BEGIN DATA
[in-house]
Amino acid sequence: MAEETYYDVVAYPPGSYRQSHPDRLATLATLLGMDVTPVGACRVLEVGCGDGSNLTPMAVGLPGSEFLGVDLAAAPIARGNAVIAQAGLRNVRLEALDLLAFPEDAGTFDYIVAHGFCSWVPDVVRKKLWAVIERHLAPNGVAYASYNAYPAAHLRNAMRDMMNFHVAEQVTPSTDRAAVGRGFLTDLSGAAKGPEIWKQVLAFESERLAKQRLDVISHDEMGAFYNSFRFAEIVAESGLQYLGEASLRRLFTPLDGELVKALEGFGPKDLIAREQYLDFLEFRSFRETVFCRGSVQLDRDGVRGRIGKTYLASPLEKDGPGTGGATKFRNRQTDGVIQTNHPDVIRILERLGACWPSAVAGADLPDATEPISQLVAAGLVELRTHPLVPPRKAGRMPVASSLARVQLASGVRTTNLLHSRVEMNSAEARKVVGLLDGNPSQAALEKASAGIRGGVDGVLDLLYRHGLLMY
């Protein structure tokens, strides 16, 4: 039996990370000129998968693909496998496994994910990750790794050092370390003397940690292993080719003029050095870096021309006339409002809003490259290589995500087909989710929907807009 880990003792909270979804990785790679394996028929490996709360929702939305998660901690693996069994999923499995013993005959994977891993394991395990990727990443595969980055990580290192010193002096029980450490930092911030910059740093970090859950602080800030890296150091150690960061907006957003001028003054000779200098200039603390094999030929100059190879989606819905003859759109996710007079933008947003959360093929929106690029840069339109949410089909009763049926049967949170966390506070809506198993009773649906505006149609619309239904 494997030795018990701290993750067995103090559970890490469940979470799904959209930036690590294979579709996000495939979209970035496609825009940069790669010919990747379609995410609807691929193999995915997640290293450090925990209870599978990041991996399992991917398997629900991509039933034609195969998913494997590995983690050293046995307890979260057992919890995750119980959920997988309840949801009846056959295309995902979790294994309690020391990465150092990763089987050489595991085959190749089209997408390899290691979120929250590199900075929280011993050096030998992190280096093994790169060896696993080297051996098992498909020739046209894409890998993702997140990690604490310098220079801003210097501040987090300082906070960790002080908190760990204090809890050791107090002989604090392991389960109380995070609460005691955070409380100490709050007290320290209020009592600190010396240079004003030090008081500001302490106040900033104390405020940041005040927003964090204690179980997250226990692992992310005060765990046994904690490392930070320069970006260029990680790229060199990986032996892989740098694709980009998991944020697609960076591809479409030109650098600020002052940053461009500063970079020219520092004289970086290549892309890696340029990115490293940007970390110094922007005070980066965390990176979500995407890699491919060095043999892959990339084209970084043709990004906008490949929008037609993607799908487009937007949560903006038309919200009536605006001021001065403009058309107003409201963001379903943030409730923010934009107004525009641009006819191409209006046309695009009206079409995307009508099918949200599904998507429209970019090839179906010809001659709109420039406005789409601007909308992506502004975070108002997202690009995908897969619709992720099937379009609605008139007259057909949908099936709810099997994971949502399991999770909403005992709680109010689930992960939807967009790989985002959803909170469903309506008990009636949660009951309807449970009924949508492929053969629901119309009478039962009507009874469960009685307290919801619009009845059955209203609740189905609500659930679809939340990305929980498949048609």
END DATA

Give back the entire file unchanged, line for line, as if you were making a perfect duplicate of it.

[in-house]
Amino acid sequence: MAEETYYDVVAYPPGSYRQSHPDRLATLATLLGMDVTPVGACRVLEVGCGDGSNLTPMAVGLPGSEFLGVDLAAAPIARGNAVIAQAGLRNVRLEALDLLAFPEDAGTFDYIVAHGFCSWVPDVVRKKLWAVIERHLAPNGVAYASYNAYPAAHLRNAMRDMMNFHVAEQVTPSTDRAAVGRGFLTDLSGAAKGPEIWKQVLAFESERLAKQRLDVISHDEMGAFYNSFRFAEIVAESGLQYLGEASLRRLFTPLDGELVKALEGFGPKDLIAREQYLDFLEFRSFRETVFCRGSVQLDRDGVRGRIGKTYLASPLEKDGPGTGGATKFRNRQTDGVIQTNHPDVIRILERLGACWPSAVAGADLPDATEPISQLVAAGLVELRTHPLVPPRKAGRMPVASSLARVQLASGVRTTNLLHSRVEMNSAEARKVVGLLDGNPSQAALEKASAGIRGGVDGVLDLLYRHGLLMY
């Protein structure tokens, strides 16, 4: 039996990370000129998968693909496998496994994910990750790794050092370390003397940690292993080719003029050095870096021309006339409002809003490259290589995500087909989710929907807009 880990003792909270979804990785790679394996028929490996709360929702939305998660901690693996069994999923499995013993005959994977891993394991395990990727990443595969980055990580290192010193002096029980450490930092911030910059740093970090859950602080800030890296150091150690960061907006957003001028003054000779200098200039603390094999030929100059190879989606819905003859759109996710007079933008947003959360093929929106690029840069339109949410089909009763049926049967949170966390506070809506198993009773649906505006149609619309239904 494997030795018990701290993750067995103090559970890490469940979470799904959209930036690590294979579709996000495939979209970035496609825009940069790669010919990747379609995410609807691929193999995915997640290293450090925990209870599978990041991996399992991917398997629900991509039933034609195969998913494997590995983690050293046995307890979260057992919890995750119980959920997988309840949801009846056959295309995902979790294994309690020391990465150092990763089987050489595991085959190749089209997408390899290691979120929250590199900075929280011993050096030998992190280096093994790169060896696993080297051996098992498909020739046209894409890998993702997140990690604490310098220079801003210097501040987090300082906070960790002080908190760990204090809890050791107090002989604090392991389960109380995070609460005691955070409380100490709050007290320290209020009592600190010396240079004003030090008081500001302490106040900033104390405020940041005040927003964090204690179980997250226990692992992310005060765990046994904690490392930070320069970006260029990680790229060199990986032996892989740098694709980009998991944020697609960076591809479409030109650098600020002052940053461009500063970079020219520092004289970086290549892309890696340029990115490293940007970390110094922007005070980066965390990176979500995407890699491919060095043999892959990339084209970084043709990004906008490949929008037609993607799908487009937007949560903006038309919200009536605006001021001065403009058309107003409201963001379903943030409730923010934009107004525009641009006819191409209006046309695009009206079409995307009508099918949200599904998507429209970019090839179906010809001659709109420039406005789409601007909308992506502004975070108002997202690009995908897969619709992720099937379009609605008139007259057909949908099936709810099997994971949502399991999770909403005992709680109010689930992960939807967009790989985002959803909170469903309506008990009636949660009951309807449970009924949508492929053969629901119309009478039962009507009874469960009685307290919801619009009845059955209203609740189905609500659930679809939340990305929980498949048609």